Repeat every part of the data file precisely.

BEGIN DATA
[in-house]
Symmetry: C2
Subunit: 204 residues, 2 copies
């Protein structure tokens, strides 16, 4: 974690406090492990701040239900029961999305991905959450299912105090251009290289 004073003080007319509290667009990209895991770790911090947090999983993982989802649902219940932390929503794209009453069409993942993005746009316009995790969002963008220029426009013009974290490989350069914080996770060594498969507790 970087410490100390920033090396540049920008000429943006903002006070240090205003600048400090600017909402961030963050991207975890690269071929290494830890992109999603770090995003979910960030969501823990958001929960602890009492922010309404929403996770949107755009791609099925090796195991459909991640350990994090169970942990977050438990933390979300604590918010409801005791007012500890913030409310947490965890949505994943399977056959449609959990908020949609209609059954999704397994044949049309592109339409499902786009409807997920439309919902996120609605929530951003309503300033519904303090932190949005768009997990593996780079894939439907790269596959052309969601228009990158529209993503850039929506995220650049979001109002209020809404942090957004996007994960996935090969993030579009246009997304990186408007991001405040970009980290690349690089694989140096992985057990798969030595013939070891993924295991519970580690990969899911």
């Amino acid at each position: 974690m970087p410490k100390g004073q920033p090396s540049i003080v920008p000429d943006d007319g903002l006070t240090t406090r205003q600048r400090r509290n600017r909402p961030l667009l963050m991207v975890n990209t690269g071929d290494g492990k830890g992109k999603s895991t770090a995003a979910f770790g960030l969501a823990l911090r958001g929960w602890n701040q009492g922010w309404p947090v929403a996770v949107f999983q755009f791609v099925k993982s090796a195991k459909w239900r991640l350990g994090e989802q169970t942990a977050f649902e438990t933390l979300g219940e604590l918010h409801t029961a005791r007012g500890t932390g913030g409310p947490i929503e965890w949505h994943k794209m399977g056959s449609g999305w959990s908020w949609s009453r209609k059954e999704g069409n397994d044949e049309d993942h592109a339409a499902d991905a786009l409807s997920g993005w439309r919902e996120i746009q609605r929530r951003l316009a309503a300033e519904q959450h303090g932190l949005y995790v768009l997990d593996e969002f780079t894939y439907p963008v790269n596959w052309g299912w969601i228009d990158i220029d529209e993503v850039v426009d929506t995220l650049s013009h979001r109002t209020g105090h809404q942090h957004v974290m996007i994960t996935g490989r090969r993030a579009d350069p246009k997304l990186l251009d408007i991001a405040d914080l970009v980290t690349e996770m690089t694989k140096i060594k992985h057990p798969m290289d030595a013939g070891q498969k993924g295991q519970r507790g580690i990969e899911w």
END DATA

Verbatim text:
[in-house]
Symmetry: C2
Subunit: 204 residues, 2 copies
């Protein structure tokens, strides 16, 4: 974690406090492990701040239900029961999305991905959450299912105090251009290289 004073003080007319509290667009990209895991770790911090947090999983993982989802649902219940932390929503794209009453069409993942993005746009316009995790969002963008220029426009013009974290490989350069914080996770060594498969507790 970087410490100390920033090396540049920008000429943006903002006070240090205003600048400090600017909402961030963050991207975890690269071929290494830890992109999603770090995003979910960030969501823990958001929960602890009492922010309404929403996770949107755009791609099925090796195991459909991640350990994090169970942990977050438990933390979300604590918010409801005791007012500890913030409310947490965890949505994943399977056959449609959990908020949609209609059954999704397994044949049309592109339409499902786009409807997920439309919902996120609605929530951003309503300033519904303090932190949005768009997990593996780079894939439907790269596959052309969601228009990158529209993503850039929506995220650049979001109002209020809404942090957004996007994960996935090969993030579009246009997304990186408007991001405040970009980290690349690089694989140096992985057990798969030595013939070891993924295991519970580690990969899911």
């Amino acid at each position: 974690m970087p410490k100390g004073q920033p090396s540049i003080v920008p000429d943006d007319g903002l006070t240090t406090r205003q600048r400090r509290n600017r909402p961030l667009l963050m991207v975890n990209t690269g071929d290494g492990k830890g992109k999603s895991t770090a995003a979910f770790g960030l969501a823990l911090r958001g929960w602890n701040q009492g922010w309404p947090v929403a996770v949107f999983q755009f791609v099925k993982s090796a195991k459909w239900r991640l350990g994090e989802q169970t942990a977050f649902e438990t933390l979300g219940e604590l918010h409801t029961a005791r007012g500890t932390g913030g409310p947490i929503e965890w949505h994943k794209m399977g056959s449609g999305w959990s908020w949609s009453r209609k059954e999704g069409n397994d044949e049309d993942h592109a339409a499902d991905a786009l409807s997920g993005w439309r919902e996120i746009q609605r929530r951003l316009a309503a300033e519904q959450h303090g932190l949005y995790v768009l997990d593996e969002f780079t894939y439907p963008v790269n596959w052309g299912w969601i228009d990158i220029d529209e993503v850039v426009d929506t995220l650049s013009h979001r109002t209020g105090h809404q942090h957004v974290m996007i994960t996935g490989r090969r993030a579009d350069p246009k997304l990186l251009d408007i991001a405040d914080l970009v980290t690349e996770m690089t694989k140096i060594k992985h057990p798969m290289d030595a013939g070891q498969k993924g295991q519970r507790g580690i990969e899911w």